Nadler: Hunter Biden Not a Relevant Impeachment Witness
Written by Luis Miguel
Moments after House Speaker Nancy Pelosi (D-Calif.) announced the impeachment managers who will prosecute the case against President Trump, Democrats and Republicans sparred about the calling of witnesses, most notably Hunter Biden, to testify in the Senate trial.
House Judiciary Committee Chairman Jerrold Nadler (D-N.Y.), who was selected as one of the House managers, balked at the notion of calling the son of former Vice President Joe Biden to testify, arguing that the 49-year-old is not a “relevant” witness.
“The relevant question is relevance. In any trial you call witnesses who have information about the allegations, about the charges,” Nadler told reporters on Wednesday. “The allegations, for which there is a mountain of evidence, is that the president betrayed his country by trying to extort Ukraine by withholding $391 million in military aid that Congress had voted in order to get Ukraine to announce an investigation of a domestic political opponent — that is the allegation.”
Nadler went on to say, “Any witness who has information about whether that is true or not true, is a relevant witness. Anybody, like Hunter Biden, who has no information about any of that, is not a relevant witness.”
He concluded: “Any trial judge in this country would rule such a witness as irrelevant and inadmissible.”
The judiciary committee chairman did not mention that it was not merely Joe Biden, but Hunter, whom President Trump requested that Ukrainian President Volodymyr Zelensky look into — a request that is at the heart of the impeachment inquiry.
President Trump asked his Ukrainian counterpart to probe the Bidens due to the former vice president’s public admission that he threatened to withhold $1 billion in loan guarantees to Ukraine in 2014 if that country’s president did not fire prosecutor Victor Shokin, who was investigating natural gas company Burisma Holdings at a time when Hunter Biden was on Burisma’s board making over $50,000 a month.
Ukrainian parliamentarian Andrey Derkach, with whom Trump lawyer Rudy Giuliani has met, has claimed to have evidence showing that Joe Biden himself received $900,000 in lobbying fees from Burisma and that the money was funneled through the private equity firm Rosemont Seneca Partners, co-founded by Hunter Biden and Christopher Heinz, the stepson of former Secretary of State John Kerry.
The clash over Hunter Biden and other potential witnesses comes as Democrats and Republicans debate whether new witness testimonies will be sought in the Senate.
Pelosi stalled on sending the two articles of impeachment to the Senate for weeks in a bid to secure a commitment on witnesses from the Senate’s Republican leadership. Democrats’ main interest, however, is in hearing from top administration officials who can support the accusation that the president withheld military aid from Ukraine until it met the condition of investigating the Bidens — an allegation Zelensky himself has repeatedly denied.
Republicans have not yet made a witness commitment but have said that a new set of testimonies would give them the opportunity to call witnesses of their own, including Hunter Biden.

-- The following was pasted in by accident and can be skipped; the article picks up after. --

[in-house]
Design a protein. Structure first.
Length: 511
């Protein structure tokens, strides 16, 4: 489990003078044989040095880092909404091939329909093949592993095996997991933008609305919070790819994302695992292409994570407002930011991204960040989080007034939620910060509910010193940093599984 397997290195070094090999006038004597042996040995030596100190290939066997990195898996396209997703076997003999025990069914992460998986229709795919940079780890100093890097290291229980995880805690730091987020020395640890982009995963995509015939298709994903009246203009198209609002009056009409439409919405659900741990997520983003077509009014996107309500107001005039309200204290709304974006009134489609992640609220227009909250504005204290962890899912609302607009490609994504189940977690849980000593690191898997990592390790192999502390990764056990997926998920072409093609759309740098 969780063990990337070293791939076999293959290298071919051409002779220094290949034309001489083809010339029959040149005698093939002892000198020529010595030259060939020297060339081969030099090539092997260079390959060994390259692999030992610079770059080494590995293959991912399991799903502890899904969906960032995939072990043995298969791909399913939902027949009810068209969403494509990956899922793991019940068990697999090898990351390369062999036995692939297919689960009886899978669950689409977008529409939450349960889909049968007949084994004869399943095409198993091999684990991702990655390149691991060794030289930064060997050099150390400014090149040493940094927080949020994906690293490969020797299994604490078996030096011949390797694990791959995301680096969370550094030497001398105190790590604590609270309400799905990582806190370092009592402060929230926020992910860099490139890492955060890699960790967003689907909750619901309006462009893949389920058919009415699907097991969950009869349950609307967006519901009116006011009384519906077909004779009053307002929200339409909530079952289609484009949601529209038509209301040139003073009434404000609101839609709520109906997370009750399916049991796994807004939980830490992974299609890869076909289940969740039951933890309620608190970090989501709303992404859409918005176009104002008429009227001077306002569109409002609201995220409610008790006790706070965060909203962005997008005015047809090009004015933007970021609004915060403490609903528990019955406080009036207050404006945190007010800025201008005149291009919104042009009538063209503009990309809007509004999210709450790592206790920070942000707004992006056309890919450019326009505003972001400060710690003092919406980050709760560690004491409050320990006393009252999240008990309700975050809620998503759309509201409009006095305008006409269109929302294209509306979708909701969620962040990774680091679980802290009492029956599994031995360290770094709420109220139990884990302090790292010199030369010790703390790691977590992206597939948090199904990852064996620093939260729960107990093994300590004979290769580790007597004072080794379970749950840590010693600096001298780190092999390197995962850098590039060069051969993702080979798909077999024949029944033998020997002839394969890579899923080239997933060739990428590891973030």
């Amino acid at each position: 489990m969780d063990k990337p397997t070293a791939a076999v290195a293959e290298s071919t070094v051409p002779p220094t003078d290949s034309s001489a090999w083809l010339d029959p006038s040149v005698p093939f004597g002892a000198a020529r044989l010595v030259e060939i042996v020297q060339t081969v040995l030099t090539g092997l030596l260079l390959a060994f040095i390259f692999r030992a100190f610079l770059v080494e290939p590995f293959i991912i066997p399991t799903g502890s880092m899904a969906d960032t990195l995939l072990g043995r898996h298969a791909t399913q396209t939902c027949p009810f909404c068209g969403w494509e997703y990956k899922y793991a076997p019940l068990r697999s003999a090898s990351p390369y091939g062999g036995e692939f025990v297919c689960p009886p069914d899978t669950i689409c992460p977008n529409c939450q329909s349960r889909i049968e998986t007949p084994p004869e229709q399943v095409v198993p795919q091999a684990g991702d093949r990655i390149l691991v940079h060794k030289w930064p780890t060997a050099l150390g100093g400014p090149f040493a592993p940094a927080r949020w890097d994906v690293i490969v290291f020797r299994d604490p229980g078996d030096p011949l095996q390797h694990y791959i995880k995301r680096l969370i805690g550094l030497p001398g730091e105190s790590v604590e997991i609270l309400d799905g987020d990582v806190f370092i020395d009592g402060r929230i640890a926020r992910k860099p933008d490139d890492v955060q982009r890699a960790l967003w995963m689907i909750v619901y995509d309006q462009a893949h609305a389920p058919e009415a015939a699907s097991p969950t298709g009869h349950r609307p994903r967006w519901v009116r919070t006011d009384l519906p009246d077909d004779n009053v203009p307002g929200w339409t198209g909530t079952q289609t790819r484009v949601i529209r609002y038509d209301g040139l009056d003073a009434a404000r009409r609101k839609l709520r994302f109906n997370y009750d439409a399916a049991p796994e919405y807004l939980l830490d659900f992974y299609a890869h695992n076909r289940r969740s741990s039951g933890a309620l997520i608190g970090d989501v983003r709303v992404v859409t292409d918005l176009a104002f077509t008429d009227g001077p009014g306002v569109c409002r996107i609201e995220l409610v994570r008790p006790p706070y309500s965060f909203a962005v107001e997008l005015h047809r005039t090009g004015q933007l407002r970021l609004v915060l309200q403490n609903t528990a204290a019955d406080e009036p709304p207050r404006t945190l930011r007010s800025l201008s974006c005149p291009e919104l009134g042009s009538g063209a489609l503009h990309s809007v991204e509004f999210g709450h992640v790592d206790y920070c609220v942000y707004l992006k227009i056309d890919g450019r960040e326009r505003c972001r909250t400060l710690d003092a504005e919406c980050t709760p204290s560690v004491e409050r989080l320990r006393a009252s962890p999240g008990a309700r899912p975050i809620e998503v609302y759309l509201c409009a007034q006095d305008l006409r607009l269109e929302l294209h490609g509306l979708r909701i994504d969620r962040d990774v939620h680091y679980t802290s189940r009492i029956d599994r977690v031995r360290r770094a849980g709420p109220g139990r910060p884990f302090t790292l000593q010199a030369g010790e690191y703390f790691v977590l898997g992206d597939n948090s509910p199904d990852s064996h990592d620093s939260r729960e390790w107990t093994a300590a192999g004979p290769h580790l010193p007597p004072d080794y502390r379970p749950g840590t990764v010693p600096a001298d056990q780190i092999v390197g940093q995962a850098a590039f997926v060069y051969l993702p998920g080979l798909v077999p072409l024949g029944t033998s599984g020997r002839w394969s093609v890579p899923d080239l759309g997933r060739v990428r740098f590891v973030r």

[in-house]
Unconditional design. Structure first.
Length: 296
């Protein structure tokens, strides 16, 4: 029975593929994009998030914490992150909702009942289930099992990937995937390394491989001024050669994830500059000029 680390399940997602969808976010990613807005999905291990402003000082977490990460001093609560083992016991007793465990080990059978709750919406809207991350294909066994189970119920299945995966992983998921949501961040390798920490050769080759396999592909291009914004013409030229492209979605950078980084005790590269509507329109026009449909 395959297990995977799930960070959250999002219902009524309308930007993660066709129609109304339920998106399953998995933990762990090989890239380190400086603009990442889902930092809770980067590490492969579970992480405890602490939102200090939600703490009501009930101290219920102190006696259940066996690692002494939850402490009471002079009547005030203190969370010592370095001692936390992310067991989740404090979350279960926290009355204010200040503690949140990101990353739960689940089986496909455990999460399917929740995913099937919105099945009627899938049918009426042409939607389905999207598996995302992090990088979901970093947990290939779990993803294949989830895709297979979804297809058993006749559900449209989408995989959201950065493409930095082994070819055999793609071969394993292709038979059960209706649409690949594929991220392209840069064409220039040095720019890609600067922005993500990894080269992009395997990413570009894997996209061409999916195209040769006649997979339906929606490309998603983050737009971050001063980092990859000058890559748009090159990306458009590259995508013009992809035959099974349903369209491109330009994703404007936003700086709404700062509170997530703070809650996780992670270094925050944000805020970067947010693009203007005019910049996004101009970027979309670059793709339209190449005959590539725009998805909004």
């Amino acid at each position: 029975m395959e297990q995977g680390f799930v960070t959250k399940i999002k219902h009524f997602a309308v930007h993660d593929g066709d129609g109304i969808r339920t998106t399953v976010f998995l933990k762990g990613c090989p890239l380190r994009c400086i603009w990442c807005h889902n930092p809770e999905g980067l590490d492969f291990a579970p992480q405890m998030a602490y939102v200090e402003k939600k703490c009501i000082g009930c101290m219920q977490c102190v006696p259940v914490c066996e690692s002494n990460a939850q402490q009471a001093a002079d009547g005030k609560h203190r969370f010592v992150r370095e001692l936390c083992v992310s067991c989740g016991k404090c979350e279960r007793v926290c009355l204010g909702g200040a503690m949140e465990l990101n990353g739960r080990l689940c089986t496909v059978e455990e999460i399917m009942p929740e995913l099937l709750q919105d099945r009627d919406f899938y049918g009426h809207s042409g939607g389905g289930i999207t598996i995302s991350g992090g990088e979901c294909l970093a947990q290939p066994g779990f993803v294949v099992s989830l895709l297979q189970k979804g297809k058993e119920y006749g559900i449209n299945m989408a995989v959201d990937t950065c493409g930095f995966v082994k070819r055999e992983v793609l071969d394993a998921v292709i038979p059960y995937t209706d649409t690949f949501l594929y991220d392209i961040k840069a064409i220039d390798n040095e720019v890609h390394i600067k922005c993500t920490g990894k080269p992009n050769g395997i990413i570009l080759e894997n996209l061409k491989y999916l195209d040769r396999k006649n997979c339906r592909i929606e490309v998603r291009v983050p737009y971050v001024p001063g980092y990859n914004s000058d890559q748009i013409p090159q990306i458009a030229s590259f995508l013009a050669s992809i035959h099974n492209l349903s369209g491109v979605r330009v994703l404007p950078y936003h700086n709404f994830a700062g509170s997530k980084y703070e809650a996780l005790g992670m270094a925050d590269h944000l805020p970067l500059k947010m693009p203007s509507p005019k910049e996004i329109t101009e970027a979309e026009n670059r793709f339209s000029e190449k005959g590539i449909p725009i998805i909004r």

During the House inquiry, Intelligence Committee ranking member Devin Nunes (R-Calif.), Oversight Committee ranking member Jim Jordan (R-Ohio), and Foreign Affairs Committee ranking member Michael McCaul (R-Texas) all put the younger Biden on their lists of proposed witnesses, though in each case their witness requests were not approved.
Senate Majority Leader Mitch McConnell stated that he would wait until after the start of the trial to take up the issue of witnesses. He suggested to reporters on Tuesday that both parties could potentially call preferred witnesses.
“We will be able to go through some preliminary steps this week … which would give us the ability to start the actual trial next Tuesday,” McConnell said. Asked about the possibility of calling Hunter Biden, McConnell responded, “I can’t imagine only the witnesses our Democratic colleagues want to call would be called.”
Senator Ted Cruz (R-Texas) floated the idea of “witness reciprocity,” which would entail Republicans calling a desired witness of their own for every witness Democrats want.
Pelosi signed a resolution on Wednesday sending the impeachment articles to the Senate. The seven impeachment managers she selected were Nadler, Intelligence Committee Chairman Adam Schiff (D-Calif.), Democratic Caucus Chairman Hakeen Jeffries (D-N.Y.), Jason Crow (D-Colo.), Val Demings (D-Fla.), Sylvia Garica (D-Texas), and Zoe Lofgren (D-Calif.).
Pelosi, who at the signing of the resolution was seen smiling as she handed out pens branded with her name, said impeachment is “a very serious matter and we take it to heart in a really solemn way.”
“The president is not above the law,” she added. “He will be held accountable. He already has been held accountable. He has been impeached and you can never erase that.”
Luis Miguel is a writer whose journalistic endeavors shed light on the Deep State, the immigration crisis, and the enemies of freedom. Follow his exploits on Facebook, Twitter, Bitchute, and at luisantoniomiguel.com.
Courtesy of The New American